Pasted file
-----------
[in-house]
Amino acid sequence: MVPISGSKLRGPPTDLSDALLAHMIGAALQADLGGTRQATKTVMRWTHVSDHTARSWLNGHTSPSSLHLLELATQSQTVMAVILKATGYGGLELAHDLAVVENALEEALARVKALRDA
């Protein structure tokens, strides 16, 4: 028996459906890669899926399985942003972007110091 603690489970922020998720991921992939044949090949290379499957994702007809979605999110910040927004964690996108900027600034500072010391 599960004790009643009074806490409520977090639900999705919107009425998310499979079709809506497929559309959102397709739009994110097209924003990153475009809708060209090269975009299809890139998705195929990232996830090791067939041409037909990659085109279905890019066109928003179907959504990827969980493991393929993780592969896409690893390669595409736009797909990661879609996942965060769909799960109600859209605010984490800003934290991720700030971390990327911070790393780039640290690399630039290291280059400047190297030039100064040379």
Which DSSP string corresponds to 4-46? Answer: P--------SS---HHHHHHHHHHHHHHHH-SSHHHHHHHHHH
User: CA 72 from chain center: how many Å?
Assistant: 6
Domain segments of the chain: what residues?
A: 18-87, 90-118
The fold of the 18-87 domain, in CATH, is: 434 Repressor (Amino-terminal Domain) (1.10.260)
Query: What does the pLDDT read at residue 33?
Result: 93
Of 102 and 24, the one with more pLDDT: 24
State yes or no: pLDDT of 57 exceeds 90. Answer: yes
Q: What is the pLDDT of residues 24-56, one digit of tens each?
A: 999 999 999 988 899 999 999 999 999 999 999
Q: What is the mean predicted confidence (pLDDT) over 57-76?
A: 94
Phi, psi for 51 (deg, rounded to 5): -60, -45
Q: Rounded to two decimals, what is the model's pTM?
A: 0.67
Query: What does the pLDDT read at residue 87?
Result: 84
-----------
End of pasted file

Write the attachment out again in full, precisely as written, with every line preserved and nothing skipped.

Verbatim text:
[in-house]
Amino acid sequence: MVPISGSKLRGPPTDLSDALLAHMIGAALQADLGGTRQATKTVMRWTHVSDHTARSWLNGHTSPSSLHLLELATQSQTVMAVILKATGYGGLELAHDLAVVENALEEALARVKALRDA
């Protein structure tokens, strides 16, 4: 028996459906890669899926399985942003972007110091 603690489970922020998720991921992939044949090949290379499957994702007809979605999110910040927004964690996108900027600034500072010391 599960004790009643009074806490409520977090639900999705919107009425998310499979079709809506497929559309959102397709739009994110097209924003990153475009809708060209090269975009299809890139998705195929990232996830090791067939041409037909990659085109279905890019066109928003179907959504990827969980493991393929993780592969896409690893390669595409736009797909990661879609996942965060769909799960109600859209605010984490800003934290991720700030971390990327911070790393780039640290690399630039290291280059400047190297030039100064040379």
Which DSSP string corresponds to 4-46? Answer: P--------SS---HHHHHHHHHHHHHHHH-SSHHHHHHHHHH
User: CA 72 from chain center: how many Å?
Assistant: 6
Domain segments of the chain: what residues?
A: 18-87, 90-118
The fold of the 18-87 domain, in CATH, is: 434 Repressor (Amino-terminal Domain) (1.10.260)
Query: What does the pLDDT read at residue 33?
Result: 93
Of 102 and 24, the one with more pLDDT: 24
State yes or no: pLDDT of 57 exceeds 90. Answer: yes
Q: What is the pLDDT of residues 24-56, one digit of tens each?
A: 999 999 999 988 899 999 999 999 999 999 999
Q: What is the mean predicted confidence (pLDDT) over 57-76?
A: 94
Phi, psi for 51 (deg, rounded to 5): -60, -45
Q: Rounded to two decimals, what is the model's pTM?
A: 0.67
Query: What does the pLDDT read at residue 87?
Result: 84